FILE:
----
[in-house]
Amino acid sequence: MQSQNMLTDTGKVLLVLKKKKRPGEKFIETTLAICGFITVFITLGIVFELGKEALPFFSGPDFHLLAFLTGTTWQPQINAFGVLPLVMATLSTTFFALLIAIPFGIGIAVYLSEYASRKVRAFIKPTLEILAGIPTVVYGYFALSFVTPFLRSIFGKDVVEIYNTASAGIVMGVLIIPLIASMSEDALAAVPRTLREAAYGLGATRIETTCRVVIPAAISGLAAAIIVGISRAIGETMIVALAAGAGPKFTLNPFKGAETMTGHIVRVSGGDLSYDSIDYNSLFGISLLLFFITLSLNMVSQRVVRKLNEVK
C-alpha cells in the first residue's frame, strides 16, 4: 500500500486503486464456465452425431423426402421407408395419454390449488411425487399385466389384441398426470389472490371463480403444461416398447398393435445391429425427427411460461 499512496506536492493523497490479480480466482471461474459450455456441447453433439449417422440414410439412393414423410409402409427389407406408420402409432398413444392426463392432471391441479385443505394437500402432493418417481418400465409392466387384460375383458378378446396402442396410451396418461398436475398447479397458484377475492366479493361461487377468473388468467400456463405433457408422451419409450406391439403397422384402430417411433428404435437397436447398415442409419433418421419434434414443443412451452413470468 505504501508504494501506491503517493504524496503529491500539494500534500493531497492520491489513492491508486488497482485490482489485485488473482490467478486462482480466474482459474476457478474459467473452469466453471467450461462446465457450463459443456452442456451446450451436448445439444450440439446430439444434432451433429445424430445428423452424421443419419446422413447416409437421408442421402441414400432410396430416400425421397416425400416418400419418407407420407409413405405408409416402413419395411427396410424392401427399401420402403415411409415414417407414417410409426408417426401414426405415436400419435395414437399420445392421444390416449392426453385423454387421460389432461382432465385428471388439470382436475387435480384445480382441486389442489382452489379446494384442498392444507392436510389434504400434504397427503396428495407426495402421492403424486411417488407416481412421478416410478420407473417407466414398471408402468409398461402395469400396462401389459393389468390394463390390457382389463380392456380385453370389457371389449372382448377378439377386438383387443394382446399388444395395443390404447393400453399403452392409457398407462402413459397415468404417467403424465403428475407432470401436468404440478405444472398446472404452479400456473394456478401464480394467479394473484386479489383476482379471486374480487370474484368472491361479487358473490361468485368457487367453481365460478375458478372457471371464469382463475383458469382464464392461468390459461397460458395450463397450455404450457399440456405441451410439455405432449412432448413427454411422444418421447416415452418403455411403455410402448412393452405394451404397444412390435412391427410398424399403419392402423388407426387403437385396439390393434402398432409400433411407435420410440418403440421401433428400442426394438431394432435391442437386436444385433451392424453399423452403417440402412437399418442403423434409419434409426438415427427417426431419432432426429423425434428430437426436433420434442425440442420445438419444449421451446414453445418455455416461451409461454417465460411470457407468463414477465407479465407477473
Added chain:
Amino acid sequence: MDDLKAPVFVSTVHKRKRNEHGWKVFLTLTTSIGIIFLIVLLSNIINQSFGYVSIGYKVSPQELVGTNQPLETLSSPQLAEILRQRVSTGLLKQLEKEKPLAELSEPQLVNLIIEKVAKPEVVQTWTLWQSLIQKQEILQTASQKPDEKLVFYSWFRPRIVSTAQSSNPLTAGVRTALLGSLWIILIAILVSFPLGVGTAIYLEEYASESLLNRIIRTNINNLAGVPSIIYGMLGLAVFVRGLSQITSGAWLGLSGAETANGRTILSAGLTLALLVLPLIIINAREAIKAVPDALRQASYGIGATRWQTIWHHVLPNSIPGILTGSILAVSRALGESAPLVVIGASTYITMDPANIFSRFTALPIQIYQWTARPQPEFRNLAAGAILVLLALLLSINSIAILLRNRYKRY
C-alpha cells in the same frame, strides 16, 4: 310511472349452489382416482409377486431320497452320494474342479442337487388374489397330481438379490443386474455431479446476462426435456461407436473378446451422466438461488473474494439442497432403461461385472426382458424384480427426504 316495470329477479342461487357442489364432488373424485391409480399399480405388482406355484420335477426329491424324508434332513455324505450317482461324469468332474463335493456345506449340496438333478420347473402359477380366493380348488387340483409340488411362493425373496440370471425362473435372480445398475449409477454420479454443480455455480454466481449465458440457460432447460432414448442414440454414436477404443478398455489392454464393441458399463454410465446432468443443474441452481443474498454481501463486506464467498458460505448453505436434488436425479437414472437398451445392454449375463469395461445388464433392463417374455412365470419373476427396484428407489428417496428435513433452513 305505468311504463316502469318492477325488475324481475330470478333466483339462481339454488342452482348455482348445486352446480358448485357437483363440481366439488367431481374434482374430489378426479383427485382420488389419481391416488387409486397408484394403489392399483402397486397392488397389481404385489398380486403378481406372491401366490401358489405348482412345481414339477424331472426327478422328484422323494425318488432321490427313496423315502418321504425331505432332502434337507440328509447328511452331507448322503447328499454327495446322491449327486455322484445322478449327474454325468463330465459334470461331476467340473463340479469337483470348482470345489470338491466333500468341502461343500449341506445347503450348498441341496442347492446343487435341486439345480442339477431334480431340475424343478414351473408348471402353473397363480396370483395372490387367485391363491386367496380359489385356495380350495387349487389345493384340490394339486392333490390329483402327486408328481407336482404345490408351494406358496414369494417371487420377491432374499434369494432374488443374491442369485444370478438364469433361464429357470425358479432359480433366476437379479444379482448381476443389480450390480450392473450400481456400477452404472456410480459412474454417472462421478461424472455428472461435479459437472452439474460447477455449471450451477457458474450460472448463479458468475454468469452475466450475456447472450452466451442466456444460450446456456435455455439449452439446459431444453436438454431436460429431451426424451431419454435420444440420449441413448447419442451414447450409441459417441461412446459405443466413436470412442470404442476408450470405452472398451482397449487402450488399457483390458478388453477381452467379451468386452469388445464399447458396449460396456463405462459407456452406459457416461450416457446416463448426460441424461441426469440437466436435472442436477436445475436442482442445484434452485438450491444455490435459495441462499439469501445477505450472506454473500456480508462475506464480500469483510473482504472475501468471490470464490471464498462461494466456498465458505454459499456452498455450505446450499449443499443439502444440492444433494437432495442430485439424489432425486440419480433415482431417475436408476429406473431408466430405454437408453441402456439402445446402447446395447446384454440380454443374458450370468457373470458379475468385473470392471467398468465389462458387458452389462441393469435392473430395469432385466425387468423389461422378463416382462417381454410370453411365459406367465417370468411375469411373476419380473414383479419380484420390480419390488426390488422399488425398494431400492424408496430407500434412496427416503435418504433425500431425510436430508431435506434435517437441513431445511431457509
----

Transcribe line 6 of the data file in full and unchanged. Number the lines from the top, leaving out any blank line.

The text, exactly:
C-alpha cells in the same frame, strides 16, 4: 310511472349452489382416482409377486431320497452320494474342479442337487388374489397330481438379490443386474455431479446476462426435456461407436473378446451422466438461488473474494439442497432403461461385472426382458424384480427426504 316495470329477479342461487357442489364432488373424485391409480399399480405388482406355484420335477426329491424324508434332513455324505450317482461324469468332474463335493456345506449340496438333478420347473402359477380366493380348488387340483409340488411362493425373496440370471425362473435372480445398475449409477454420479454443480455455480454466481449465458440457460432447460432414448442414440454414436477404443478398455489392454464393441458399463454410465446432468443443474441452481443474498454481501463486506464467498458460505448453505436434488436425479437414472437398451445392454449375463469395461445388464433392463417374455412365470419373476427396484428407489428417496428435513433452513 305505468311504463316502469318492477325488475324481475330470478333466483339462481339454488342452482348455482348445486352446480358448485357437483363440481366439488367431481374434482374430489378426479383427485382420488389419481391416488387409486397408484394403489392399483402397486397392488397389481404385489398380486403378481406372491401366490401358489405348482412345481414339477424331472426327478422328484422323494425318488432321490427313496423315502418321504425331505432332502434337507440328509447328511452331507448322503447328499454327495446322491449327486455322484445322478449327474454325468463330465459334470461331476467340473463340479469337483470348482470345489470338491466333500468341502461343500449341506445347503450348498441341496442347492446343487435341486439345480442339477431334480431340475424343478414351473408348471402353473397363480396370483395372490387367485391363491386367496380359489385356495380350495387349487389345493384340490394339486392333490390329483402327486408328481407336482404345490408351494406358496414369494417371487420377491432374499434369494432374488443374491442369485444370478438364469433361464429357470425358479432359480433366476437379479444379482448381476443389480450390480450392473450400481456400477452404472456410480459412474454417472462421478461424472455428472461435479459437472452439474460447477455449471450451477457458474450460472448463479458468475454468469452475466450475456447472450452466451442466456444460450446456456435455455439449452439446459431444453436438454431436460429431451426424451431419454435420444440420449441413448447419442451414447450409441459417441461412446459405443466413436470412442470404442476408450470405452472398451482397449487402450488399457483390458478388453477381452467379451468386452469388445464399447458396449460396456463405462459407456452406459457416461450416457446416463448426460441424461441426469440437466436435472442436477436445475436442482442445484434452485438450491444455490435459495441462499439469501445477505450472506454473500456480508462475506464480500469483510473482504472475501468471490470464490471464498462461494466456498465458505454459499456452498455450505446450499449443499443439502444440492444433494437432495442430485439424489432425486440419480433415482431417475436408476429406473431408466430405454437408453441402456439402445446402447446395447446384454440380454443374458450370468457373470458379475468385473470392471467398468465389462458387458452389462441393469435392473430395469432385466425387468423389461422378463416382462417381454410370453411365459406367465417370468411375469411373476419380473414383479419380484420390480419390488426390488422399488425398494431400492424408496430407500434412496427416503435418504433425500431425510436430508431435506434435517437441513431445511431457509